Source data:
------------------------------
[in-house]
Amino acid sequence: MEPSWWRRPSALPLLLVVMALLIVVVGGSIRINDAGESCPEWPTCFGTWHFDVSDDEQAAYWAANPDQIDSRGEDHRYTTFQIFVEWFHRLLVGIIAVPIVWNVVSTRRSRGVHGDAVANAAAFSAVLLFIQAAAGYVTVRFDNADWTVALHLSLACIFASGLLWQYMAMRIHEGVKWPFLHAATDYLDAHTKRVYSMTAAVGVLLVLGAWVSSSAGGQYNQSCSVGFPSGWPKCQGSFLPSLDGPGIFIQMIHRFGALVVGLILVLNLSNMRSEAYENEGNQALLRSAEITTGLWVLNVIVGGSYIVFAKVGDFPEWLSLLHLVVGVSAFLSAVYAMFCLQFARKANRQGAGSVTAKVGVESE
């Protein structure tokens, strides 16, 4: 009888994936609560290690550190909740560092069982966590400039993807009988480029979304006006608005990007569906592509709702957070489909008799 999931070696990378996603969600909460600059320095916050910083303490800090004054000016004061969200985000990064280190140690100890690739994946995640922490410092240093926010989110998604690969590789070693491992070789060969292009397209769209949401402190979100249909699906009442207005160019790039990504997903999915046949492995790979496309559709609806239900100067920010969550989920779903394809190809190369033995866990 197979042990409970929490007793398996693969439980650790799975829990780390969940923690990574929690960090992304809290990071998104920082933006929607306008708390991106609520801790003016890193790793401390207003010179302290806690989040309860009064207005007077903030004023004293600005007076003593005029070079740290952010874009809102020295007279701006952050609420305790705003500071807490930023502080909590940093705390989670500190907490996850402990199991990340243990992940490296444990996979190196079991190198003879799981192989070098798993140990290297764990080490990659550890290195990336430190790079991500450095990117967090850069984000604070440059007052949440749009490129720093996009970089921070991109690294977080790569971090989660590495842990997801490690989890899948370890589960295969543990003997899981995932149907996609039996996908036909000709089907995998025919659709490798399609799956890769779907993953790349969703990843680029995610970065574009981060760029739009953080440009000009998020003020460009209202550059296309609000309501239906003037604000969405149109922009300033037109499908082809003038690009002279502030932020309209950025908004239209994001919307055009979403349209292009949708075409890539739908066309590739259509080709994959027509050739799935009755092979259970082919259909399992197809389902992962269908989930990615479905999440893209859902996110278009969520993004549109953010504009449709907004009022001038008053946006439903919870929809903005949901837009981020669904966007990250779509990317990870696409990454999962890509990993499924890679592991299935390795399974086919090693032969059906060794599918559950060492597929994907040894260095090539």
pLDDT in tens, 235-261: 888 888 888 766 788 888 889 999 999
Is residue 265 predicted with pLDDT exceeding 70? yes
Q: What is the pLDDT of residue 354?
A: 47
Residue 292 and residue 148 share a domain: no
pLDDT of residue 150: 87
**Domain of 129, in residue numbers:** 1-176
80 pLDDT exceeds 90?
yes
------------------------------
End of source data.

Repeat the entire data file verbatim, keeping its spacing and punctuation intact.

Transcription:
[in-house]
Amino acid sequence: MEPSWWRRPSALPLLLVVMALLIVVVGGSIRINDAGESCPEWPTCFGTWHFDVSDDEQAAYWAANPDQIDSRGEDHRYTTFQIFVEWFHRLLVGIIAVPIVWNVVSTRRSRGVHGDAVANAAAFSAVLLFIQAAAGYVTVRFDNADWTVALHLSLACIFASGLLWQYMAMRIHEGVKWPFLHAATDYLDAHTKRVYSMTAAVGVLLVLGAWVSSSAGGQYNQSCSVGFPSGWPKCQGSFLPSLDGPGIFIQMIHRFGALVVGLILVLNLSNMRSEAYENEGNQALLRSAEITTGLWVLNVIVGGSYIVFAKVGDFPEWLSLLHLVVGVSAFLSAVYAMFCLQFARKANRQGAGSVTAKVGVESE
């Protein structure tokens, strides 16, 4: 009888994936609560290690550190909740560092069982966590400039993807009988480029979304006006608005990007569906592509709702957070489909008799 999931070696990378996603969600909460600059320095916050910083303490800090004054000016004061969200985000990064280190140690100890690739994946995640922490410092240093926010989110998604690969590789070693491992070789060969292009397209769209949401402190979100249909699906009442207005160019790039990504997903999915046949492995790979496309559709609806239900100067920010969550989920779903394809190809190369033995866990 197979042990409970929490007793398996693969439980650790799975829990780390969940923690990574929690960090992304809290990071998104920082933006929607306008708390991106609520801790003016890193790793401390207003010179302290806690989040309860009064207005007077903030004023004293600005007076003593005029070079740290952010874009809102020295007279701006952050609420305790705003500071807490930023502080909590940093705390989670500190907490996850402990199991990340243990992940490296444990996979190196079991190198003879799981192989070098798993140990290297764990080490990659550890290195990336430190790079991500450095990117967090850069984000604070440059007052949440749009490129720093996009970089921070991109690294977080790569971090989660590495842990997801490690989890899948370890589960295969543990003997899981995932149907996609039996996908036909000709089907995998025919659709490798399609799956890769779907993953790349969703990843680029995610970065574009981060760029739009953080440009000009998020003020460009209202550059296309609000309501239906003037604000969405149109922009300033037109499908082809003038690009002279502030932020309209950025908004239209994001919307055009979403349209292009949708075409890539739908066309590739259509080709994959027509050739799935009755092979259970082919259909399992197809389902992962269908989930990615479905999440893209859902996110278009969520993004549109953010504009449709907004009022001038008053946006439903919870929809903005949901837009981020669904966007990250779509990317990870696409990454999962890509990993499924890679592991299935390795399974086919090693032969059906060794599918559950060492597929994907040894260095090539």
pLDDT in tens, 235-261: 888 888 888 766 788 888 889 999 999
Is residue 265 predicted with pLDDT exceeding 70? yes
Q: What is the pLDDT of residue 354?
A: 47
Residue 292 and residue 148 share a domain: no
pLDDT of residue 150: 87
**Domain of 129, in residue numbers:** 1-176
80 pLDDT exceeds 90?
yes